• Other than certain specified cases, such as offshore bond issues, the previous requirement for an affiliated relationship between the security provider and the borrower, as well as the asset to debt ratio requirement imposed on the borrower have been abolished.
  • Individuals have been expressly permitted to be security providers for a NBWD structure. This arrangement will be regulated by reference to the rules applicable to non- banking institutions.
  • SAFE approval for the enforcement of security is abolished.

Nei Bao Wai Dai
Banking and non-banking financial institutions may provide cross- border security under a NBWD structure so long as they have been approved to engage in the business of providing security. This requirement does not apply to non-financial institutions.

SAFE approval not required

The security agreement may be executed without having to obtain prior approval from SAFE. However, it must be registered post-execution.

Restrictions on fund use

Funds borrowed pursuant to the offshore loan agreement may only be used for the borrower’s normal business operations. In addition, the funds cannot be repatriated back to China by way of loan, equity investment or securities investment, or by any other means, whether directly or indirectly unless specifically approved by SAFE.

Enforcement of the security

Upon the enforcement of the security, a foreign debt arises by way of subrogation as between the PRC security provider and the non-PRC borrower. This foreign debt claim must be registered with SAFE. In addition, until and unless the non-PRC borrower has discharged this foreign debt claim owed to the security provider, the security provider cannot enter into any additional new NBWD cross-border security transactions without SAFE’s approval.

Wai Bao Nei Dai

Requirements for WBND transactions

Subject to the following requirements (applicable to banking and non-banking financial institutions as well as non-financial institutions), a WBND cross-border security agreement may be entered into without prior SAFE approval:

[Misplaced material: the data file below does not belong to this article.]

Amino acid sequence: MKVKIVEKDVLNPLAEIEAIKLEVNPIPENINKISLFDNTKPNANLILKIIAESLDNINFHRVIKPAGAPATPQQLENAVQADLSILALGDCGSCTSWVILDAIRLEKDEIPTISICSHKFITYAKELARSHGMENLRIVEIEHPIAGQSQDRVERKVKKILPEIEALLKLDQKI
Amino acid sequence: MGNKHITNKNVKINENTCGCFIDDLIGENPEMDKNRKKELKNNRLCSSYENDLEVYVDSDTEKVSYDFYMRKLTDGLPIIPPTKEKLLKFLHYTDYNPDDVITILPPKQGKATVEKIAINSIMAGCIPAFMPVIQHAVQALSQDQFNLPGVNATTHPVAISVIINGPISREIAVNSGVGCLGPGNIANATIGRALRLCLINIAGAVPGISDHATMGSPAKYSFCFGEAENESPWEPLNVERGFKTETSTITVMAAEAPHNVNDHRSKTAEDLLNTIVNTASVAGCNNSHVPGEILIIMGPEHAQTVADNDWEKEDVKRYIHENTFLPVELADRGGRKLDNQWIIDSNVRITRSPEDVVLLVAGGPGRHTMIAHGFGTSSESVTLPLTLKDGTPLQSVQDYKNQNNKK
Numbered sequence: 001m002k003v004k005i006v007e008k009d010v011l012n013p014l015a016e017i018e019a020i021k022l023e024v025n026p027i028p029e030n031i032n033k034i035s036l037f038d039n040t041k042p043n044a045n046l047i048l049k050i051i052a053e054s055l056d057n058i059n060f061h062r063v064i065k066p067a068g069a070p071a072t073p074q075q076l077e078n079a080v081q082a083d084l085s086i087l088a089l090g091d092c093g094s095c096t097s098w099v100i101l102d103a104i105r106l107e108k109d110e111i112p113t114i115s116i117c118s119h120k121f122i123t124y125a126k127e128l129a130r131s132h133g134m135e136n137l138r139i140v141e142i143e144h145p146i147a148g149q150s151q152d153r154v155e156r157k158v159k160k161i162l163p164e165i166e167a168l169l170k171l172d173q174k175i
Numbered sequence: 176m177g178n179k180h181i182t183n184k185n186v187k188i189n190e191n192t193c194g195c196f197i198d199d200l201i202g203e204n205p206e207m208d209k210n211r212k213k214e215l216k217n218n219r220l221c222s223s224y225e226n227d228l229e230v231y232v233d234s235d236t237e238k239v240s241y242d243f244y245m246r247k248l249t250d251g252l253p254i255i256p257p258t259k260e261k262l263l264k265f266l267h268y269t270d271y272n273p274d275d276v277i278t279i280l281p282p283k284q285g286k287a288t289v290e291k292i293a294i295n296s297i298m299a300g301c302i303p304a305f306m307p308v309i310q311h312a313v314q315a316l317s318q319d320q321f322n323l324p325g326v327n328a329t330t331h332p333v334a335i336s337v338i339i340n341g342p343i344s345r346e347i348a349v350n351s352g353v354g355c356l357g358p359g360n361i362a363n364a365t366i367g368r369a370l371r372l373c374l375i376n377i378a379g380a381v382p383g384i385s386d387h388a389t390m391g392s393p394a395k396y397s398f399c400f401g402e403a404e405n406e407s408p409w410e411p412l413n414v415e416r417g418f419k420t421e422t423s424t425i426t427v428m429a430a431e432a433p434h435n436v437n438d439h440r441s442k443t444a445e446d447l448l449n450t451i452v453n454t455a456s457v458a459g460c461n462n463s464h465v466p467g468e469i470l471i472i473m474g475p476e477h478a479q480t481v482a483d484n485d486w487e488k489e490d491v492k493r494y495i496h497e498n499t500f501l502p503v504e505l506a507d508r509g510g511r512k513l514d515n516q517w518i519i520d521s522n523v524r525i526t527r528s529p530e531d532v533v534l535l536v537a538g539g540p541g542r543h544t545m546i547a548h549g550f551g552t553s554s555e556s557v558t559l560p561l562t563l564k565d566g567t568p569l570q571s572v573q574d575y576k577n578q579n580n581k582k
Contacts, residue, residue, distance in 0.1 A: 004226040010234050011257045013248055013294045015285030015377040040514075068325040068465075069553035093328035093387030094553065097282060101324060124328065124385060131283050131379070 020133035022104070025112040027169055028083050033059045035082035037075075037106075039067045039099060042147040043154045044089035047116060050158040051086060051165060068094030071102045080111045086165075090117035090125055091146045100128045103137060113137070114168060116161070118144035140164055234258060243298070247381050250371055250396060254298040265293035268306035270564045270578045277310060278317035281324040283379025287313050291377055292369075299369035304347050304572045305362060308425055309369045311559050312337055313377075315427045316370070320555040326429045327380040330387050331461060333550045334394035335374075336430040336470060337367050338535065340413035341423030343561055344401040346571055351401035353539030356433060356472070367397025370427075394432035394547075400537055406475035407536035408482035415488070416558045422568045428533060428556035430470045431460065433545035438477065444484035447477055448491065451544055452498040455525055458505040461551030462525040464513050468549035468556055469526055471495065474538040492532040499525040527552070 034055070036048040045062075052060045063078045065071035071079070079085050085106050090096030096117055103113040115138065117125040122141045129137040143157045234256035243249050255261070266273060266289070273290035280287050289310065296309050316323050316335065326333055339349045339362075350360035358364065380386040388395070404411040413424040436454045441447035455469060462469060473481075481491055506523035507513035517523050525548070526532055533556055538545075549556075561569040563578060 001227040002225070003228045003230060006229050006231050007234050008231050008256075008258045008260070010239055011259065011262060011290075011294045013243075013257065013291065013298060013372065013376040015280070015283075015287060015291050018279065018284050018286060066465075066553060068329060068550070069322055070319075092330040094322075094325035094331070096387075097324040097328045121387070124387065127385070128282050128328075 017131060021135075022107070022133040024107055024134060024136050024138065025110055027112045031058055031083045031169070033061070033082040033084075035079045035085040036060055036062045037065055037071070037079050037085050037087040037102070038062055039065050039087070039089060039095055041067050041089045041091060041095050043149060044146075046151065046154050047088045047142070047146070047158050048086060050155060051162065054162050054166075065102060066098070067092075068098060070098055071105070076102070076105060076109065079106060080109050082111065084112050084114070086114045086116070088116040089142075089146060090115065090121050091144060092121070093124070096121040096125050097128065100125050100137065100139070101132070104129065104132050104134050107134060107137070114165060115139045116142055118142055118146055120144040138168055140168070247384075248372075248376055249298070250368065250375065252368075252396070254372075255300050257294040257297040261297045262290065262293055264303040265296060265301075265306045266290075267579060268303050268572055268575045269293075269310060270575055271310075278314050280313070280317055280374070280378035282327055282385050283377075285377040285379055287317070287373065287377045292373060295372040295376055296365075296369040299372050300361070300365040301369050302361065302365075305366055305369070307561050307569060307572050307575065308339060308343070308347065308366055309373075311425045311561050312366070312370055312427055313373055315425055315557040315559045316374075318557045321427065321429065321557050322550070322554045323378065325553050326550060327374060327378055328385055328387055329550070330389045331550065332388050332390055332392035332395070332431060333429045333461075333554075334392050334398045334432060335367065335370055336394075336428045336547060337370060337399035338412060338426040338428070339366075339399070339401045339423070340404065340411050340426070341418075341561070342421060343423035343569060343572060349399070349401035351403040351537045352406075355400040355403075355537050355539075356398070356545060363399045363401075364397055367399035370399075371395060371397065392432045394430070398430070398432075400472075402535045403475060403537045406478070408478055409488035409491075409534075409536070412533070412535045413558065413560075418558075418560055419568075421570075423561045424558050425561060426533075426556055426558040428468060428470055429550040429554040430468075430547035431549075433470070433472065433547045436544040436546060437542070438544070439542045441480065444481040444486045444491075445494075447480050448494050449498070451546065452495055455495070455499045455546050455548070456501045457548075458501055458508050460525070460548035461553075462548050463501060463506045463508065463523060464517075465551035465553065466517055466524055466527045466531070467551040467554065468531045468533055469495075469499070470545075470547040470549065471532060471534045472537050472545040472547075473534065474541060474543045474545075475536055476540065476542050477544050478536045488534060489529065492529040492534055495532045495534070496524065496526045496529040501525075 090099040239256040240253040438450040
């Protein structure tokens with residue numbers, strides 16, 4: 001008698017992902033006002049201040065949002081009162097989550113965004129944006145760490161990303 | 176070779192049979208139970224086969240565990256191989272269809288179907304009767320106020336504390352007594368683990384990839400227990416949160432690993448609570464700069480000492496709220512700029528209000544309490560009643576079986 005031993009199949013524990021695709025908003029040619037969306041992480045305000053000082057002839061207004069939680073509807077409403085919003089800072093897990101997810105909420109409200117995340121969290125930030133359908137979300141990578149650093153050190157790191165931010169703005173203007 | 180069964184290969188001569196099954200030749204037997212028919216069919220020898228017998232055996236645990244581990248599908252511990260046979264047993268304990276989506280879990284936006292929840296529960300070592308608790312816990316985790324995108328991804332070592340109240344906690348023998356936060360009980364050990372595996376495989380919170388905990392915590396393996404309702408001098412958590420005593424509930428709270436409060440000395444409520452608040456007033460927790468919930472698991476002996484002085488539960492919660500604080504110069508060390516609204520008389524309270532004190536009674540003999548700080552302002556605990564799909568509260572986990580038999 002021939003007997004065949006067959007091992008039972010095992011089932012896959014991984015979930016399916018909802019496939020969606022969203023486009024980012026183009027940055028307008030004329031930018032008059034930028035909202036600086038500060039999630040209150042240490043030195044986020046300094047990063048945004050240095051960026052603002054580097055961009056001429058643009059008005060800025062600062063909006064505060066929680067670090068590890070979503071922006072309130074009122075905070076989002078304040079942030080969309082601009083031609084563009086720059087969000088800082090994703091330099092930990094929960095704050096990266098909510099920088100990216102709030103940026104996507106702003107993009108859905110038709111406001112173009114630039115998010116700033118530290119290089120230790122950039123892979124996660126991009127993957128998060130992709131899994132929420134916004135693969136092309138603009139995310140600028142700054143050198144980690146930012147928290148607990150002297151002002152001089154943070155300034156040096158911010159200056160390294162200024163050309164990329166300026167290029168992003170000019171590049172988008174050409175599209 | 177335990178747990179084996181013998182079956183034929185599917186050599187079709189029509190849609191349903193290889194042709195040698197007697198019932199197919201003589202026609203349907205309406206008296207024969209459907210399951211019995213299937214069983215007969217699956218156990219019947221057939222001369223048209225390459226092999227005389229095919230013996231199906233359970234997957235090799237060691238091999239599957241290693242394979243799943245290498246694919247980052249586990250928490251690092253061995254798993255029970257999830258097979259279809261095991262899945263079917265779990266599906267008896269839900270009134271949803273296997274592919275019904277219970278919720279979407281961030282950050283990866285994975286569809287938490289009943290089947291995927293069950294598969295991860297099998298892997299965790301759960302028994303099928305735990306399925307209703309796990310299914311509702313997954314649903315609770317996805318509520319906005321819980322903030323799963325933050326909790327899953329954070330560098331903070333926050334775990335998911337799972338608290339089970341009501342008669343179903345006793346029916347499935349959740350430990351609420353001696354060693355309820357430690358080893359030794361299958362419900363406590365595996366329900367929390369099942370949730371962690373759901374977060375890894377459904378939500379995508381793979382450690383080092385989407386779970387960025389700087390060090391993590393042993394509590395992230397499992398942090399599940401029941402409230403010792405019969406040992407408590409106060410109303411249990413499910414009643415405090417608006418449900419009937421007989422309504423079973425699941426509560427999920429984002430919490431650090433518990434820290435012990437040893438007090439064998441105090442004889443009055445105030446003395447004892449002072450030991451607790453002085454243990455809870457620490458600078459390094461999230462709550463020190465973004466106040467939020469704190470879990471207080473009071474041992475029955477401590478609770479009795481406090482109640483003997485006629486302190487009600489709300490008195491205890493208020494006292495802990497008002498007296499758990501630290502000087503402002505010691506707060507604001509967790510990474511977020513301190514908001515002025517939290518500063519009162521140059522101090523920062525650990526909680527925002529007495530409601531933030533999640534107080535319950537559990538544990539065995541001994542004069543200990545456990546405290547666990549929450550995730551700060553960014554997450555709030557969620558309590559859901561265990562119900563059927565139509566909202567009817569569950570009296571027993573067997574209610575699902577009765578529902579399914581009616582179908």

•  The borrower must be a non-financial institution registered and operating in China;
  • The lender must be a financial institution registered and operating in China;
  • The secured loan must be a loan (in RMB or a foreign currency) extended or committed by a financial institution in China (excluding entrustment loans); and
  • The security arrangement must be in line with applicable PRC and offshore laws.

Lifting of certain prior requirements

PRC domestic-funded entities are no longer subject to the WBND quotas and Foreign Invested Enterprises are not subject to the borrowing gap (between the total investment and the registered capital) when accepting offshore security. The PRC lender must report the WBND data to SAFE via the capital account information system.

Enforcement of the security

Upon enforcement of the NBWD security, the PRC lender (i.e., the financial institution) may receive the proceeds from the enforcement directly from the non-PRC security provider. As the enforcement of the security will give rise to a foreign debt owed by the PRC borrower to the non-PRC security provider, the borrower will need to register and file this foreign debt with SAFE. SAFE will check compliance on the WBND upon registration.

The views expressed herein are solely those of the author and have not been endorsed, confirmed, or approved by XBMA or any of the editors of XBMA Forum, nor by XBMA’s founders, members, contributors, academic partners, advisory board members, or others. No inference to the contrary should be drawn.

Canadian Update: B.C. Securities Commission Takes Hybrid Approach to Cease Trading Augusta’s Rights Plan

Editors’ Note: This article was submitted by I. Berl Nadler, a partner at Davies Ward Phillips & Vineberg LLP and a leading Canadian corporate lawyer who has been involved in numerous high-profile financing transactions and acquisitions worldwide on behalf of multinational corporate clients. This update is provided by Davies Ward partners Kevin Thomson, Peter Hong and Gilles Comeau.

Main Article:

On May 2, 2014, the British Columbia Securities Commission (the “BCSC“) determined to allow the shareholder rights plan of Augusta Resource Corporation (“Augusta“) to remain in effect for at least 156 days after the announcement of the unsolicited offer by HudBay Minerals Inc. (“HudBay“) to acquire the shares of Augusta. The BCSC order was issued at a hearing held shortly after the continuance of the rights plan was approved by the shareholders of Augusta.